Nearly everything in Arthur Russell's exhaustive and wildly varied catalog is worthy of being selected as one's favorite song. The pastoral bliss of anything off of Love Is Overtaking Me or the divine drum machine splendor of Calling Out Of Context offer plenty of choice cuts. I had trouble selecting but one for this list - I asked myself: Do I write about the pure melancholy I feel when listening to Our Last Night Together, about how I remember walking to my girlfriend's house across campus the night of Graduation? How I passed a fraternity blasting Bruce Springsteen at 4 in the morning? How we didn't kiss or undress or even turn off the lights before we fell asleep in each other's arms? How that was spiritually our last night together? Do I write about how I wrote about and performed his Music for the thesis of my Music degree? How I heard his songs a million times and never - not once - grew tired of his voice's intimacy and innocence? How my affection for his Dance material would lead me - not once, but many times - to dance fiercely and alone in Manhattan to DJ Francois Kevorkian, an associate of Russell's who I admired by association? How I loved him in a simple way? Because I played cello as a child? And, now that I no longer own a cello, how I miss the secret power of owning such a beautiful wooden instrument?... I picked this song because it demonstrates the tossed-off quality of Russell's brilliance - he often stuck to Allen Ginsberg's motto of First Thought/Best Thought, especially with this cello songs, and here he just continues on, like that 30 second passage of cello, voice, and electronics wasn't fucking earth-shattering-ly beautiful. Plus I love the way he sings California. I'm a sucker for someone singing the word California.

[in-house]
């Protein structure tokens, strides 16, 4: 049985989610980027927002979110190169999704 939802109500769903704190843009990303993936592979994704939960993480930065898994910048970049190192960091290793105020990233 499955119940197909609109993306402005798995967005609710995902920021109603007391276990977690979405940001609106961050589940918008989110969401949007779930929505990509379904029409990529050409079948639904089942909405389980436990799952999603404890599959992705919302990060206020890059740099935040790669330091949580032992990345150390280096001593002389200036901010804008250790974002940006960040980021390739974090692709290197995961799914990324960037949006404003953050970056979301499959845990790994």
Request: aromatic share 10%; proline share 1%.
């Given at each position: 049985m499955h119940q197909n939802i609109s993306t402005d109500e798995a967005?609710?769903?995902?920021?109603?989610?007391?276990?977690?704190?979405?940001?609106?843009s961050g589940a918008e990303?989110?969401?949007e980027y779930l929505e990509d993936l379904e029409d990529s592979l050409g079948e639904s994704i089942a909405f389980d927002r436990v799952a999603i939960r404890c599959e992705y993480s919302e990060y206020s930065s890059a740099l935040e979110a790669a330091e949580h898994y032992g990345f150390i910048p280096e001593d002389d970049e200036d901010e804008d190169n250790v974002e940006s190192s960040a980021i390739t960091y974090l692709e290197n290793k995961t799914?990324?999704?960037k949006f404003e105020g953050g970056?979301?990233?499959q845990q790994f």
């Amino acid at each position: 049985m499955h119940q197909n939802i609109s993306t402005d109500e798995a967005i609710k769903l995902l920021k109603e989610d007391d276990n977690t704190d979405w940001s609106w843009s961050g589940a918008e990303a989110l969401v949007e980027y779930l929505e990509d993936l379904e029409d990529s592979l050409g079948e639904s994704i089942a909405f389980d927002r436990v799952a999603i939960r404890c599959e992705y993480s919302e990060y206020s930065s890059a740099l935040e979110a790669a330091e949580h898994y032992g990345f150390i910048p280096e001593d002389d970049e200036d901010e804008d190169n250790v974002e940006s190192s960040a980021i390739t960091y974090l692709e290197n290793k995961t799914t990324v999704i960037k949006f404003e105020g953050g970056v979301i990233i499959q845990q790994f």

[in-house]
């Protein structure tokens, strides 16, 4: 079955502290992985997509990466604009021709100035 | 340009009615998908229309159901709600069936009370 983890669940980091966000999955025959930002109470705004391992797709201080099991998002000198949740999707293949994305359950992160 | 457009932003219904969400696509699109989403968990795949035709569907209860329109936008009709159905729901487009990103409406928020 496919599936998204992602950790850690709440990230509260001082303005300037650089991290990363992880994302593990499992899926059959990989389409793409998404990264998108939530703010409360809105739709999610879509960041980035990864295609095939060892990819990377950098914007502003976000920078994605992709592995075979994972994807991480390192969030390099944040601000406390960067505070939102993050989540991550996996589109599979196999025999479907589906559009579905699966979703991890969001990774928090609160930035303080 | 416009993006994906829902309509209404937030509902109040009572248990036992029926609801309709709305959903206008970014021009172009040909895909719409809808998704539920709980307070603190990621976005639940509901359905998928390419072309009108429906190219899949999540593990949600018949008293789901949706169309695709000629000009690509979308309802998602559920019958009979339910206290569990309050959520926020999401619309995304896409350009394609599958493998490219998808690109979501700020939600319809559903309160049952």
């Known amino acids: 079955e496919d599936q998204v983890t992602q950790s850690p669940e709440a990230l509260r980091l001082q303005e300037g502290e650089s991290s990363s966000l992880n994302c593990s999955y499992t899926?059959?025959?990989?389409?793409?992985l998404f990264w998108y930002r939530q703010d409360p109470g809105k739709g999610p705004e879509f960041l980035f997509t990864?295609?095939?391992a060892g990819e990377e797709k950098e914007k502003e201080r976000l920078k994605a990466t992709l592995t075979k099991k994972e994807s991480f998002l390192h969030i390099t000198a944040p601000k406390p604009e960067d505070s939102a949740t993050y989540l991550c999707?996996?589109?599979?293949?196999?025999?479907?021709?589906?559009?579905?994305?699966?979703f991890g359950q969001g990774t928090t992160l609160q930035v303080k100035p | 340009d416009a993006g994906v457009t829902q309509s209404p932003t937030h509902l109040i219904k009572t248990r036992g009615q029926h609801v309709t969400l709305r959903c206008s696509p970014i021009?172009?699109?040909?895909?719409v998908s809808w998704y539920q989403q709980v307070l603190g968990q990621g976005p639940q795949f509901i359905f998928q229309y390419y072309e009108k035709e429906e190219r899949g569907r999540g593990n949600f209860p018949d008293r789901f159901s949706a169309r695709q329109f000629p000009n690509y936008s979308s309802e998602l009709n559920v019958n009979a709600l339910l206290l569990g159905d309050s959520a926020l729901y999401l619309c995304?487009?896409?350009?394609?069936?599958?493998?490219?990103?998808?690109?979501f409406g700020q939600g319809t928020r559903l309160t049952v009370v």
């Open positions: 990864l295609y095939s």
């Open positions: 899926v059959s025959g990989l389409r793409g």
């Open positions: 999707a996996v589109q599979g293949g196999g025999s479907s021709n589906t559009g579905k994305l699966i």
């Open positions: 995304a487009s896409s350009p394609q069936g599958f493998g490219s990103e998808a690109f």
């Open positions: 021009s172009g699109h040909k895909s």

10. Joni Mitchell | The Circle Game
When my Mom first played me Joni Mitchell's live album (it was early, we were on our way to School, her car was red with a surprisingly good Stereo), I had a number of somewhat terrifying realizations: People can play guitar like this? People can sing like this? Wait, what's a dulcimer? My Mom is vibing to this song hard and re-living a bygone era? She knew people before my father? She seems to have had a long life full of drug experiments, sexual bliss, and heartache? She, too, was a teenager once? And Music spoke to her? As if a burning bush? This here bush burns still. And what's more is that Joni apparently re-lit this fire night after night, to thunderous applause. There's a long intro on this tune - she talks about how painters only have to make their thing once, while she has to perform her songs over and over again. Then - with utter tenderness - she invites the audience to sing along. With this particular composition, she observes, the melody sounds better with more out-of-tune voices. In an old interview with Rolling Stone, she said that she felt as transparent as the plastic wrap on a box of cigarettes. What strength! To subject yourself to that cruel clearness again and again! With grace!